From the mouths of bears

Well, that can’t be good.

I am not easily scared by a movie these days. I went through my teens on a steady diet of horror movies and Fangoria magazines, and over the years I’ve absorbed tons of scary movies/books/shows, so few things really get to me anymore. But a scene in one particular movie really hit me a few years ago, and I couldn’t remember the last time I’d had such a visceral reaction. Not only was it terrifying in a visual sense, but on an existential level as well.

The movie was Annihilation, and it’s fantastically weird. I read the book before seeing the movie, but I highly recommend both. I’m not going to overexplain the plot here, but let’s just say there’s a coastal area of the country where something is refracting and distorting the DNA of animals and people there. It leads to some really freaky shit, y’all.

The scene in question is described in a post perfectly, so I’ll do some selective snipping:

About midway through the film the crew makes camp at an old abandoned military base. As night falls, one of their numbers (Cass) falls to an attack from a mysterious creature they can’t see through the dark — though Gina Rodriguez’s Anya suspects one of her fellow explorers murdered her. Paranoia consumes them, leading to Anya breaking down and turning on the group, tying them to a chair, and gagging them. Just as she seems to be on the precipice of violence, a familiar (but notably disembodied) scream rings out through the hallway: it’s Cass. …As they’re bound to chairs, the group can’t fully turn to see what she encountered, though they seem to know it isn’t Cass.

A bear lumbers across the wooden floorboards, though not one of the human world. Blanketed in shadow, we first only see its face, which has rotted away, revealing a sentient skull beneath. …In the scare to end all scares, its mouth opens and reveals the voice of Cass screaming for help.

The sight of this bear — which has clearly died at least once — somehow still alive is the unnatural incarnate, as is the moment the scream of one of its victims careens out of its mouth, shattering tense silence. And then there’s the terror of it all, the realization as to where that noise is coming from: after being killed by the bear, Cass’ DNA, her natural essence, was in some way absorbed by the bear and made part of the constant mutation of the Shimmer.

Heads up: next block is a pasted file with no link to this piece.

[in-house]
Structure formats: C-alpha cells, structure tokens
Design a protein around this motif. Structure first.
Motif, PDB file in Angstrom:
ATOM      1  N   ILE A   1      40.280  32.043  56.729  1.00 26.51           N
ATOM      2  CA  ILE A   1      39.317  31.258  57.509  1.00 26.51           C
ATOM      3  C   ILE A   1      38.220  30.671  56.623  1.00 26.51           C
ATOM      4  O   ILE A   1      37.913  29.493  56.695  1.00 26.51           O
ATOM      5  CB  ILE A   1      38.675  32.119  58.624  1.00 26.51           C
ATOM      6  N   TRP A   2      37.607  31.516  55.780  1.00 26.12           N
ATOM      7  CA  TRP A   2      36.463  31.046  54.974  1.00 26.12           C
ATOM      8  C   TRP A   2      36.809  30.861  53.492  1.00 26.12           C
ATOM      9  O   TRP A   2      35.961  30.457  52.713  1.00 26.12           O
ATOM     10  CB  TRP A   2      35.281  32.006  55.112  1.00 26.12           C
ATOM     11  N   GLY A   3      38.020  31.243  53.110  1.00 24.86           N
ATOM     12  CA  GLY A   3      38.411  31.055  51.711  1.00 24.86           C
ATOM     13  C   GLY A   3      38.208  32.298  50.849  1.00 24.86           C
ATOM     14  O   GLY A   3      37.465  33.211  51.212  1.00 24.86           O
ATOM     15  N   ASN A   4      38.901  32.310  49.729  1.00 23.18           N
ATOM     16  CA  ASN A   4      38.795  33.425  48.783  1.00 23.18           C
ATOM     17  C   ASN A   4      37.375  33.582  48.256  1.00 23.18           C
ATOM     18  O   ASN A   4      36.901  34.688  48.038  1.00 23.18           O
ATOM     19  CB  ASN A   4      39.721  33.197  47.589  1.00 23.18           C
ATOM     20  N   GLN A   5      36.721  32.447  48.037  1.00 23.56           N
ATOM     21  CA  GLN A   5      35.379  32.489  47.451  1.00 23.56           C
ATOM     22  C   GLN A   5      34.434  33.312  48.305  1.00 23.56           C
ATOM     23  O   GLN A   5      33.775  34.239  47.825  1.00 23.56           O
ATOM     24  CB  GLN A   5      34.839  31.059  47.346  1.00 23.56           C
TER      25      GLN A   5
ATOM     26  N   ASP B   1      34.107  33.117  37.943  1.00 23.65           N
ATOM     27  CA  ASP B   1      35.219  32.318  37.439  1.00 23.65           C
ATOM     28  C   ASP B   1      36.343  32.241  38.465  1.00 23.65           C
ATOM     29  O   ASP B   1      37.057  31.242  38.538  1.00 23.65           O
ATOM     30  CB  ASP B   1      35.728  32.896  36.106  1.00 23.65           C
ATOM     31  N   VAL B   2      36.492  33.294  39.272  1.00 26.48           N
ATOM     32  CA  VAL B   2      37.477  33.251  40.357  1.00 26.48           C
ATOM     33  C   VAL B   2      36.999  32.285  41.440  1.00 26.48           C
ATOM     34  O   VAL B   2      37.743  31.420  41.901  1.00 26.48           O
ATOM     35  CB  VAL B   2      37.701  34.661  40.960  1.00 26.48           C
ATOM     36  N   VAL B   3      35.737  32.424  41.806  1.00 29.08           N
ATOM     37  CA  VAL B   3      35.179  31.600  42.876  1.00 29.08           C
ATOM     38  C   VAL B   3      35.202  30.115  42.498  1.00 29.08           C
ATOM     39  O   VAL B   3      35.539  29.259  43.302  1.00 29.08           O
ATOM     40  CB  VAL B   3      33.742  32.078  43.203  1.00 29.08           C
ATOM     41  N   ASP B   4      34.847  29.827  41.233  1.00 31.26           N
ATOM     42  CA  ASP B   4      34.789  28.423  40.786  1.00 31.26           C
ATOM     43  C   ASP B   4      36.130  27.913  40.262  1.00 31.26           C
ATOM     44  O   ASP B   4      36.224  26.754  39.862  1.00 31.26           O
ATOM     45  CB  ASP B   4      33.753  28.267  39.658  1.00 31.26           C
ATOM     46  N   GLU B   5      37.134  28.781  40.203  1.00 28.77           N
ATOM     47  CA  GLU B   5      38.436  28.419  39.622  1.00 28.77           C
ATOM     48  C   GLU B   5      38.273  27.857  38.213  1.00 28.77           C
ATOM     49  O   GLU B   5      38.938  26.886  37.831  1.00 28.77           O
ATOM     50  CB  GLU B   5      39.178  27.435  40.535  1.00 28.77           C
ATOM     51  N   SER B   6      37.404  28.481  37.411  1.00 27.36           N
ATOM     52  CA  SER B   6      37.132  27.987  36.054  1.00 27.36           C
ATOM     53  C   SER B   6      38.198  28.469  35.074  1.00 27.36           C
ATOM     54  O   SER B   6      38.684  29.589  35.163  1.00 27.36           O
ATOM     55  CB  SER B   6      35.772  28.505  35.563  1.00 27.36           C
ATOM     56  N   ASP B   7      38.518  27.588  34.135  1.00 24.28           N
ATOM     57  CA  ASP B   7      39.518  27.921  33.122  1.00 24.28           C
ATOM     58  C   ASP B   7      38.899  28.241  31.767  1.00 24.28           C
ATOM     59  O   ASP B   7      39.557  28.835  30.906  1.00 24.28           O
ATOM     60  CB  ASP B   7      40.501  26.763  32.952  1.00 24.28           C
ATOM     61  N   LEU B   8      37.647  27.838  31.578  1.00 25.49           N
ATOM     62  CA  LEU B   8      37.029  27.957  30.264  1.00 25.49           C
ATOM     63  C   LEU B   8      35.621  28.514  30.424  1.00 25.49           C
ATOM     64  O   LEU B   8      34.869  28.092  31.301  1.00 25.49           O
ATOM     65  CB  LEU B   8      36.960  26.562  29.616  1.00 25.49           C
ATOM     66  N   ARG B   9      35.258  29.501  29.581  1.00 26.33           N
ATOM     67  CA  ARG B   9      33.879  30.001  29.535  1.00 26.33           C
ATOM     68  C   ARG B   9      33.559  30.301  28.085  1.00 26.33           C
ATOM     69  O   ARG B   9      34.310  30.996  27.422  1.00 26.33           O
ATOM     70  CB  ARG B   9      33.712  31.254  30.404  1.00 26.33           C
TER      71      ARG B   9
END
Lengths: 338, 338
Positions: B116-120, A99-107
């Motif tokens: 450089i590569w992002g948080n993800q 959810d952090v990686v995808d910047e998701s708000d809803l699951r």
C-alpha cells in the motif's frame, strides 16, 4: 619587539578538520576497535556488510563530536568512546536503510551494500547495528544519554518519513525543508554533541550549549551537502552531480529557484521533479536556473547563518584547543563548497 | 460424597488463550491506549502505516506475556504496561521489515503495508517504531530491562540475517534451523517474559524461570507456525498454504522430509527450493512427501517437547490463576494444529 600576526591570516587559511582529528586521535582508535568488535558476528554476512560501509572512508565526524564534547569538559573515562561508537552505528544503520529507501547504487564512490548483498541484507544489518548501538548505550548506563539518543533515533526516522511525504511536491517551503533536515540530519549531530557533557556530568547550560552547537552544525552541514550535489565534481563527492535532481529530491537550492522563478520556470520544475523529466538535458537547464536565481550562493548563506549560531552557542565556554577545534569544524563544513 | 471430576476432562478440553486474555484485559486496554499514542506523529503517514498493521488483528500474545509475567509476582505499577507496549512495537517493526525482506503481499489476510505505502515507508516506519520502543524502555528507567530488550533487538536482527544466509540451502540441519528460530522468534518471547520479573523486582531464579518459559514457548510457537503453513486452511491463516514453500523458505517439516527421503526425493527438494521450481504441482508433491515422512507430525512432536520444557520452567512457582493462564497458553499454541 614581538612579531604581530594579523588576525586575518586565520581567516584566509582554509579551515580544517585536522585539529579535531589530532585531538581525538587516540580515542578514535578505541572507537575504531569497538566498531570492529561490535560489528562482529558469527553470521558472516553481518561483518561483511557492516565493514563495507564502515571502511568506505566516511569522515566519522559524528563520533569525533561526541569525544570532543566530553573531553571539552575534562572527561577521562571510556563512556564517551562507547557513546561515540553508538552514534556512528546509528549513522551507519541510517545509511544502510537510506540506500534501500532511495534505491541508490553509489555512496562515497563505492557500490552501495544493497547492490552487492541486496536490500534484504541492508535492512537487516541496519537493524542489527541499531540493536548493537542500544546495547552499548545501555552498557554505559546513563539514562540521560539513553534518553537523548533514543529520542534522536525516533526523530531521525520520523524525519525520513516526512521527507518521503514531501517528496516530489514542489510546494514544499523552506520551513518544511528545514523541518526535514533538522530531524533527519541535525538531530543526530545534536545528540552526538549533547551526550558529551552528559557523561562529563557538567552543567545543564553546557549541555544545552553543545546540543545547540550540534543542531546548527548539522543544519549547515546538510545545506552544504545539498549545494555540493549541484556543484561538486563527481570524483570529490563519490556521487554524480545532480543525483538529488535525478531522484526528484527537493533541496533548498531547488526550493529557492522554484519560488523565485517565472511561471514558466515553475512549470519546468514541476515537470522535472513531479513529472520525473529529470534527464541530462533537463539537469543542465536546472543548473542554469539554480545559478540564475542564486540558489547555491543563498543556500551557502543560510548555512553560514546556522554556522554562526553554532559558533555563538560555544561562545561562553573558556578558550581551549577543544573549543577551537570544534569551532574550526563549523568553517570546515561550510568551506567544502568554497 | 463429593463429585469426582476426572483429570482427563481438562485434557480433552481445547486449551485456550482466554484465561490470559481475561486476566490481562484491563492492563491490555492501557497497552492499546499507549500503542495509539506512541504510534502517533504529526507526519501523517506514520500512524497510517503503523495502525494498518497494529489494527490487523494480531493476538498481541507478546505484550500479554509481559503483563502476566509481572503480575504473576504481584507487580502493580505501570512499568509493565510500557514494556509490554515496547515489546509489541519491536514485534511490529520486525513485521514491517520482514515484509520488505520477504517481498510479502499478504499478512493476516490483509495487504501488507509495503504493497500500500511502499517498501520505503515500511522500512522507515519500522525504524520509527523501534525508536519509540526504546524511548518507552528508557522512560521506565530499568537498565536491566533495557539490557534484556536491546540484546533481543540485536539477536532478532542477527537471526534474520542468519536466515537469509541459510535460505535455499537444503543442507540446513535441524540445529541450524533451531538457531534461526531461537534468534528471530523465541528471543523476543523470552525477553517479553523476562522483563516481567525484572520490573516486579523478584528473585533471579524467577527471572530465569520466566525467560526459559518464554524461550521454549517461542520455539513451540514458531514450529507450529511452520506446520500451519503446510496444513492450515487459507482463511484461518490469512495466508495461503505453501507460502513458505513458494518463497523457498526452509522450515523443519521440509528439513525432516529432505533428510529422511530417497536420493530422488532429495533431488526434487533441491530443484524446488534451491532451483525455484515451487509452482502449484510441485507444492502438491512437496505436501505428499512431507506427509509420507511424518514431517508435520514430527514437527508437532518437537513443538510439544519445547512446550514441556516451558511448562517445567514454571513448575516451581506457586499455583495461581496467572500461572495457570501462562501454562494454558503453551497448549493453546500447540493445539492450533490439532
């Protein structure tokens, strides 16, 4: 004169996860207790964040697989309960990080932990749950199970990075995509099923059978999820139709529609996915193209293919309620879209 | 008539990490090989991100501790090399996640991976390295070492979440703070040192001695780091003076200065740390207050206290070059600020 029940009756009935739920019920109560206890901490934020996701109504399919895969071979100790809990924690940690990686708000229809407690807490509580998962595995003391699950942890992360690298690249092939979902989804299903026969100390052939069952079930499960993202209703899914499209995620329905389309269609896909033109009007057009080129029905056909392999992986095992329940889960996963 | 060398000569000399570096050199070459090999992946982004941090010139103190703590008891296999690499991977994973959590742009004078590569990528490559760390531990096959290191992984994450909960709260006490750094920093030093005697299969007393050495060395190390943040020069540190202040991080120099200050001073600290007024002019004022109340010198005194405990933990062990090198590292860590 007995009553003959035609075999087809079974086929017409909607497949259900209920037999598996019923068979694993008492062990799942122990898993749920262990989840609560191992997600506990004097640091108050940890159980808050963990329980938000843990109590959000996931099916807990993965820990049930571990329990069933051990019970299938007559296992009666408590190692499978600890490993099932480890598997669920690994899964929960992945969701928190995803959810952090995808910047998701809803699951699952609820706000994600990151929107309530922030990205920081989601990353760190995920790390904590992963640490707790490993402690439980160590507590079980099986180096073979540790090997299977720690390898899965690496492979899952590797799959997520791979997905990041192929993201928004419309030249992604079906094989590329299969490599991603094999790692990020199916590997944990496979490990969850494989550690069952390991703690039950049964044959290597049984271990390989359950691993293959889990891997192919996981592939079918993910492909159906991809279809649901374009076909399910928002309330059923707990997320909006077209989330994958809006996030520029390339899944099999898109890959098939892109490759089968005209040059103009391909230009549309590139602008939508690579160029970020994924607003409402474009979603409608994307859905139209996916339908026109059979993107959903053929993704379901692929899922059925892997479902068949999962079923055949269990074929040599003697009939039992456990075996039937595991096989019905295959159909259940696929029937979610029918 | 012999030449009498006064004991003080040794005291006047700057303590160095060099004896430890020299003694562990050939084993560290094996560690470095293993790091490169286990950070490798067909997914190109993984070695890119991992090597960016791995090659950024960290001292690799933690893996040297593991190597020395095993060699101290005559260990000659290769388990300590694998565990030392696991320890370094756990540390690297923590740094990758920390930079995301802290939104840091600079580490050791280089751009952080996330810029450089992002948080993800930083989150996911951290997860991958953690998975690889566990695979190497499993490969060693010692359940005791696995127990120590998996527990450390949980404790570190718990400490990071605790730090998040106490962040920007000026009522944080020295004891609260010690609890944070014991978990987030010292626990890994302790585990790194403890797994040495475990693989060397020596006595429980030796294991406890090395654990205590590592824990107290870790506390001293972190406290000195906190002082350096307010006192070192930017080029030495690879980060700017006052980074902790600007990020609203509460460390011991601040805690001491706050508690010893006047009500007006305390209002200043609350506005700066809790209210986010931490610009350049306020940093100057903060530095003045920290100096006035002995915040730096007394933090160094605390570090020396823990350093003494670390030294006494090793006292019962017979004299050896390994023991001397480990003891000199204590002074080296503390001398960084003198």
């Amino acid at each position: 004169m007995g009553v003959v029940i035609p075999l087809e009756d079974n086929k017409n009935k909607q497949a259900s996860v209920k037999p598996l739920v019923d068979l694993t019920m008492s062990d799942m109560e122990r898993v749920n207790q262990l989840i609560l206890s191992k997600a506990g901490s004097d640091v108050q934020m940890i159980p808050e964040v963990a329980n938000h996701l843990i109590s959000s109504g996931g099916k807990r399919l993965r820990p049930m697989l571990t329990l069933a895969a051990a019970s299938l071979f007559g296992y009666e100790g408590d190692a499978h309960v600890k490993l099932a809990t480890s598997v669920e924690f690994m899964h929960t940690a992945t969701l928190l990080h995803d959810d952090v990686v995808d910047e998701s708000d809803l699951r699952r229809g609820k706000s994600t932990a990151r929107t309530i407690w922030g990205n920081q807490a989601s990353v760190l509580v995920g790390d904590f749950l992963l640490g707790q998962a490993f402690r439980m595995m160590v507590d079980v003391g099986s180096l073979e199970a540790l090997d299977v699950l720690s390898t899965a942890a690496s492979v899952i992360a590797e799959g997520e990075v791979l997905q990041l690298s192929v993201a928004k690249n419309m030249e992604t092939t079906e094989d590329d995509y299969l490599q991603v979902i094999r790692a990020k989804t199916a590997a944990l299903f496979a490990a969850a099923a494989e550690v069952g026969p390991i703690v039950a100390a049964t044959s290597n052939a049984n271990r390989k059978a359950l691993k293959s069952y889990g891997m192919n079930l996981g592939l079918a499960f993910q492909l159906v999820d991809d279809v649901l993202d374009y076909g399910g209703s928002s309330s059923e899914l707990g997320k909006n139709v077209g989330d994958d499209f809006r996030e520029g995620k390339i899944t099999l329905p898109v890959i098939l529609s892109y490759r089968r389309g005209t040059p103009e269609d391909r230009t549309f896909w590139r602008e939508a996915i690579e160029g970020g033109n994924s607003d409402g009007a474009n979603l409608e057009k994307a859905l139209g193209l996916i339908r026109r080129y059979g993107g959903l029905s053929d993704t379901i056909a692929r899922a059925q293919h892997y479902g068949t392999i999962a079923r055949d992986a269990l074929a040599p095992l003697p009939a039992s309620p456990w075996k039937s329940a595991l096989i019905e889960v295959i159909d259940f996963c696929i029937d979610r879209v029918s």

This hit me while I was staring wide-eyed at the screen, and I involuntarily blurted out “Oh…shit.” It just freaked me out on a level I couldn’t explain.

The designers of this creature describe it this way, which makes it even more horrifying:

It’s an animal who doesn’t really know what it has become and is clearly suffering, and that side of the story was important because you didn’t want something that was just this horrific killing machine: You wanted a creature that was in a situation that was not of its own making and that it was unable to deal with.

There are other unsettling things in the movie, like those trees that more-than-sorta look like people. And the character whose fingerprints were moving. And the morphing fractal thing in the tower that’s absolutely mesmerizing to look at. So much surreal, otherworldly goodness! And one of the best sci-fi soundtracks I’ve heard in a while.

But that scene with the bear is always the one that haunts me. Being killed is one thing, but having the things that make up who you are as a person be distorted and absorbed into something completely different is somehow worse.

Or is it just me?

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